Joseph Mallord William Turner

Ruins at Richborough; Shipping at Sea; ?Sketch with Figures

c.1830

View this artwork by appointment, at Tate Britain's Prints and Drawings Rooms

Artist
Joseph Mallord William Turner 1775–1851
Medium
Graphite on paper
Dimensions
Support: 76 x 98 mm
Collection
Tate
Acquisition
Accepted by the nation as part of the Turner Bequest 1856
Reference
D41228

Catalogue entry

At the top right, continued on folio 44 verso opposite (D35836; Turner Bequest CCCLXIII 43a) where shipping is shown, is a small sea study with ‘Fog coming on’. Along the bottom edge and again above are studies of the ruined Roman walls at Richborough Castle near Sandwich, also continued across D25836; for other drawings of the site see under folio 7 recto (D35769).
With the page turned vertically, at the outer edge Turner has carefully but somewhat awkwardly written initials and a surname apparently unfamiliar to him, in that he has written it twice, his first attempt having apparently struck him as unclear; the definitive form seems to be ‘G A Fauche’. From scattered references to what appears to be the same person, this may be Gaspard Adolphe Fauche, a Lieutenant serving in the de Meuron Regiment, originally a Swiss unit within the British Army during the Napoleonic Wars, when it was disbanded in Canada in 1816,1 when he was placed on the ‘Foreign Half-Pay’ list;2 he was married in London in 1825.3 By 1841 he was British Consul at Ostend, Belgium, when he retired after twenty-one years government service,4 and was living in central Paris in 1858.5
If Finberg’s reading of Fauche’s address (disrupted by crossing over the drawing) as ‘Edmund Street’6 is correct, it may be the street of that name which still survives in Camberwell, South London. A second line appears to have been written below at the same time, but little can be made of it. Turner’s connection to Fauche is unclear beyond the possibility of some business transaction, although in 1817 Evelina Danby (1800/1–1874), one of Turner’s two supposed daughters by Sarah Danby, married Joseph Dupois, who was in the consular service and held various foreign postings until 1847.7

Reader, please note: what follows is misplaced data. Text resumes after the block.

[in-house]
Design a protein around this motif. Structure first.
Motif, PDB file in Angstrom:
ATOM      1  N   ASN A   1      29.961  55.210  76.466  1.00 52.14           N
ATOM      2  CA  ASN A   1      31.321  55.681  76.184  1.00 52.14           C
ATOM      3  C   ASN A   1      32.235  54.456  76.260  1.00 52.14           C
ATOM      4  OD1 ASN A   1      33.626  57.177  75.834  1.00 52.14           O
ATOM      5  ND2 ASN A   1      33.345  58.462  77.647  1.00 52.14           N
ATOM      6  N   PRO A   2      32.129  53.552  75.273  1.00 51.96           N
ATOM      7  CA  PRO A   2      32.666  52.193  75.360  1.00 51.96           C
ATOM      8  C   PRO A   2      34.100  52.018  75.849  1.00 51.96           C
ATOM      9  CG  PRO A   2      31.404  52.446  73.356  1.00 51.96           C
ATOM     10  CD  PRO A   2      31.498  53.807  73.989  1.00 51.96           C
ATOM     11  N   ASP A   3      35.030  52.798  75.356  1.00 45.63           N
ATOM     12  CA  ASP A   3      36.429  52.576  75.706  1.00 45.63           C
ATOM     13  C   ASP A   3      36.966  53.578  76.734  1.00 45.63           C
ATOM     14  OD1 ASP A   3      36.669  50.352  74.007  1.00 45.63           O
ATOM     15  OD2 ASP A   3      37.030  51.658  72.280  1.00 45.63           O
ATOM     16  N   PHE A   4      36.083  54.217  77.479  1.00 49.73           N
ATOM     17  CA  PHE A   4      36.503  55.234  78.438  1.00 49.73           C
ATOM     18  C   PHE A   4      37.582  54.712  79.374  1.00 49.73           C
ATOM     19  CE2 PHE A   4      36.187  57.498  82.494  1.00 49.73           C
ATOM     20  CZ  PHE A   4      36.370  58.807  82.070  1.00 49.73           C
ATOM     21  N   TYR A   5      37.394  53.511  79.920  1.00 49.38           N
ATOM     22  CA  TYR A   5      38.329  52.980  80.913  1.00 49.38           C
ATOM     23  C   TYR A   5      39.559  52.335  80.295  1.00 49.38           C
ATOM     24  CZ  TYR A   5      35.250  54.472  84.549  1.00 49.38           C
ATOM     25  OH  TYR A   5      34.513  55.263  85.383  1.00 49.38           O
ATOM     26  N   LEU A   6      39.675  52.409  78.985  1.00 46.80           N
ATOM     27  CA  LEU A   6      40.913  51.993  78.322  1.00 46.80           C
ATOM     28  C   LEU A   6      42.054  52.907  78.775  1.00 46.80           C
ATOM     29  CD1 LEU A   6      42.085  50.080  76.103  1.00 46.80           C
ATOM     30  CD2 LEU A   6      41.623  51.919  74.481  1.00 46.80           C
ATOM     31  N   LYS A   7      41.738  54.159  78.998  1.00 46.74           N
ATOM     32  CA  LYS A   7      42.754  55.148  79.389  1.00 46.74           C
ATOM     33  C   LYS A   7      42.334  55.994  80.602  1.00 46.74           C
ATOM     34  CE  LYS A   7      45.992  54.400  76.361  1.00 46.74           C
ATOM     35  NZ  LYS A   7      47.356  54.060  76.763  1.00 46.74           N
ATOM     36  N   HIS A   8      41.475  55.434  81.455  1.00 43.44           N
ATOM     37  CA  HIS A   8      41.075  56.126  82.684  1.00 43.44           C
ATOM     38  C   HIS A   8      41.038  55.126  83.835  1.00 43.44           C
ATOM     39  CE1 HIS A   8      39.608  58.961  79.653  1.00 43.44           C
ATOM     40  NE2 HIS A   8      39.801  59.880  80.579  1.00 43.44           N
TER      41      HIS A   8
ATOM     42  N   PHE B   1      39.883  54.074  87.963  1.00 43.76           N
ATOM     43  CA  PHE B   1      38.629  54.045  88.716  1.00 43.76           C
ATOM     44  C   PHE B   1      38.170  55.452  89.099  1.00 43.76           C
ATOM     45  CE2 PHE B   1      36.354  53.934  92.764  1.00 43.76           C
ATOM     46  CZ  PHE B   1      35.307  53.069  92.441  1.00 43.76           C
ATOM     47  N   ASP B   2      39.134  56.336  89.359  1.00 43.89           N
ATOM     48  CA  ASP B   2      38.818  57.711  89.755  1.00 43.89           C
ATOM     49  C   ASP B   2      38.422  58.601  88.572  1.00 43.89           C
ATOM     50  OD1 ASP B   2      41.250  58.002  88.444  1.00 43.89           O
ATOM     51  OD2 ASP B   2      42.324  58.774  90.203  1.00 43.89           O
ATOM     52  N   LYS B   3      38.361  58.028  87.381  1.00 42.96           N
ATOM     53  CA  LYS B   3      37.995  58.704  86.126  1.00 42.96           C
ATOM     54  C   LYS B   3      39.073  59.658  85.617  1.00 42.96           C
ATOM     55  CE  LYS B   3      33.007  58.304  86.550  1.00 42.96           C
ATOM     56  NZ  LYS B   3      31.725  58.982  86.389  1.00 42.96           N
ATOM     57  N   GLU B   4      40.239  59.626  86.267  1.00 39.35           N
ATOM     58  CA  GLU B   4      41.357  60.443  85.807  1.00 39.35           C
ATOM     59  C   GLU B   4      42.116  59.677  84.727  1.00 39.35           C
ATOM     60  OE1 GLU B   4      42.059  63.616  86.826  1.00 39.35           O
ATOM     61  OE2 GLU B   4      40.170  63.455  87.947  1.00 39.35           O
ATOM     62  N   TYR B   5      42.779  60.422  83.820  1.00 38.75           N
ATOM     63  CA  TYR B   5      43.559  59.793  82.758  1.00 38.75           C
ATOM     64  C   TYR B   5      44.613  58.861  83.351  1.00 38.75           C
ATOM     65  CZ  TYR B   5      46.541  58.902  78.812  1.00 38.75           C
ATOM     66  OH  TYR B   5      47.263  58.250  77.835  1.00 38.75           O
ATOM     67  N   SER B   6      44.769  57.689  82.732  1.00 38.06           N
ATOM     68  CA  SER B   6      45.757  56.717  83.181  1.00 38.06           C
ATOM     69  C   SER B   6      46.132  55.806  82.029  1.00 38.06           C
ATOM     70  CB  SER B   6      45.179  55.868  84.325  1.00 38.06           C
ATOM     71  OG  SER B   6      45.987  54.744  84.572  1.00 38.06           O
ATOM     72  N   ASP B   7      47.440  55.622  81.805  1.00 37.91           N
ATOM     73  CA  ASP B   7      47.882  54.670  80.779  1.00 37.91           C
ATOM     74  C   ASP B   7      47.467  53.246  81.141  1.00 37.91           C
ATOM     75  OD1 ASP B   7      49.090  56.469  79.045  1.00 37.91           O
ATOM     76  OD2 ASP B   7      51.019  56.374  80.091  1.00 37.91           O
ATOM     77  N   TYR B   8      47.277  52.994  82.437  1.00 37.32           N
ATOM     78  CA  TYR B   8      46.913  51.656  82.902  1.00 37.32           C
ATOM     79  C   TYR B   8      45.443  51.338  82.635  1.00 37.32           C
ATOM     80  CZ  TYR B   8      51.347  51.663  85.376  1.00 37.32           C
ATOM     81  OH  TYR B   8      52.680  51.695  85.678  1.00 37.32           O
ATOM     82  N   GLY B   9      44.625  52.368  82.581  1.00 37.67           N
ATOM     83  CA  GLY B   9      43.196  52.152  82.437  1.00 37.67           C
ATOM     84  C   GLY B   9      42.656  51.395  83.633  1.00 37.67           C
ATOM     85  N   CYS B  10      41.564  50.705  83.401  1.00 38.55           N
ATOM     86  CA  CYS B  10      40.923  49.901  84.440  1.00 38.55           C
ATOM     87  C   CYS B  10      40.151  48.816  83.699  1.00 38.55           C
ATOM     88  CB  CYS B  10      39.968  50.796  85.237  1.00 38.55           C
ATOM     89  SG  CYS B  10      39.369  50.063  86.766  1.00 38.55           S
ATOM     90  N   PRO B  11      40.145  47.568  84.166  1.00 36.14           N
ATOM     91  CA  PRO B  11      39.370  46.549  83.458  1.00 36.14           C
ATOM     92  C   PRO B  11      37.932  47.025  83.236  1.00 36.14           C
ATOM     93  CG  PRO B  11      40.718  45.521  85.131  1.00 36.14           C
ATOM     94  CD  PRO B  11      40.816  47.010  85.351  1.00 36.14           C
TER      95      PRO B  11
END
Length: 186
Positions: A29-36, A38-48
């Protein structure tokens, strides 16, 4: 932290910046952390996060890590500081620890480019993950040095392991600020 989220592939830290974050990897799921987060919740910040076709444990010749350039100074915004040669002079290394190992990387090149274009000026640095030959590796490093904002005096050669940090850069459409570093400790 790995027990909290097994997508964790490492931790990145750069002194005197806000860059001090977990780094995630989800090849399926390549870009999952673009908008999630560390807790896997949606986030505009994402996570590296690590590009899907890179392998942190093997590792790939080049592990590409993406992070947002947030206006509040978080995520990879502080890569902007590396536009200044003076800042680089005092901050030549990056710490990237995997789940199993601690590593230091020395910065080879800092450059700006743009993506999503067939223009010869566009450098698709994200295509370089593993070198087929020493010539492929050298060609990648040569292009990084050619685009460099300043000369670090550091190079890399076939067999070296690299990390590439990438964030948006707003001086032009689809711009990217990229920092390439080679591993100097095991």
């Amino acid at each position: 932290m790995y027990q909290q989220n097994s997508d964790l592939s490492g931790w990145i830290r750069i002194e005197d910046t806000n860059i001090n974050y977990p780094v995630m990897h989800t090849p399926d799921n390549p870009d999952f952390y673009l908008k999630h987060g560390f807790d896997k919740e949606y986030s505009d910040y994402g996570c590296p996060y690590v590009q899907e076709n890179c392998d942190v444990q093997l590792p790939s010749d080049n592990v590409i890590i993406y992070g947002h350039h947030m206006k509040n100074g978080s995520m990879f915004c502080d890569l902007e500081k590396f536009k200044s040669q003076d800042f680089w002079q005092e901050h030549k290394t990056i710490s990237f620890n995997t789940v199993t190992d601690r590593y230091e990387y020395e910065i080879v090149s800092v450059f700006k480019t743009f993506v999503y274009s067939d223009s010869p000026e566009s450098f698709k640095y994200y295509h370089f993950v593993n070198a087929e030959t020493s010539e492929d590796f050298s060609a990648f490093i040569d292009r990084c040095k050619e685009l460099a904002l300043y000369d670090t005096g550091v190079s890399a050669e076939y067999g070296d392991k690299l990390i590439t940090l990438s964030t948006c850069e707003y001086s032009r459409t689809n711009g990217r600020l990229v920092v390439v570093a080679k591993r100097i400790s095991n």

The significance of the drawing or diagram at the upper left corner as foliated, with rounded forms within a grid, is unclear. Regarded with the page turned vertically it might be a memorandum of a picture with a figure or figures in a doorway or window, but it seems too slight for further speculation.

Matthew Imms
September 2016

1
See ‘Swiss De Meuron Regiment in North America, 1813–1815’ and ‘HM Regiment de Meuron’, The Canadian Corps of Voyageurs, accessed 4 September 2016, http://ccv.northwestcompany.com/hmd2.html, http://ccv.northwestcompany.com/demeuron.html.
2
A List of the Officers of the Army and Royal Marines, London 1821, p.686.
3
‘Marriages’ in The Gentleman's Magazine, vol.137, June 1825, p.560.
4
[House of Commons], Accounts and Papers: 1852–53, London [?1853], vol.LVIII, section VI, p.27.
5
List of members in the Bulletin de la Société Impériale Zoologique d’Acclimation, vol.V, Paris 1858, p.23.
6
Finberg 1909, II, p.1176.
7
See Jean Golt, ‘Children of Turner’ in Evelyn Joll, Martin Butlin and Luke Herrmann (eds.), The Oxford Companion to J.M.W. Turner, Oxford 2001, p.45.

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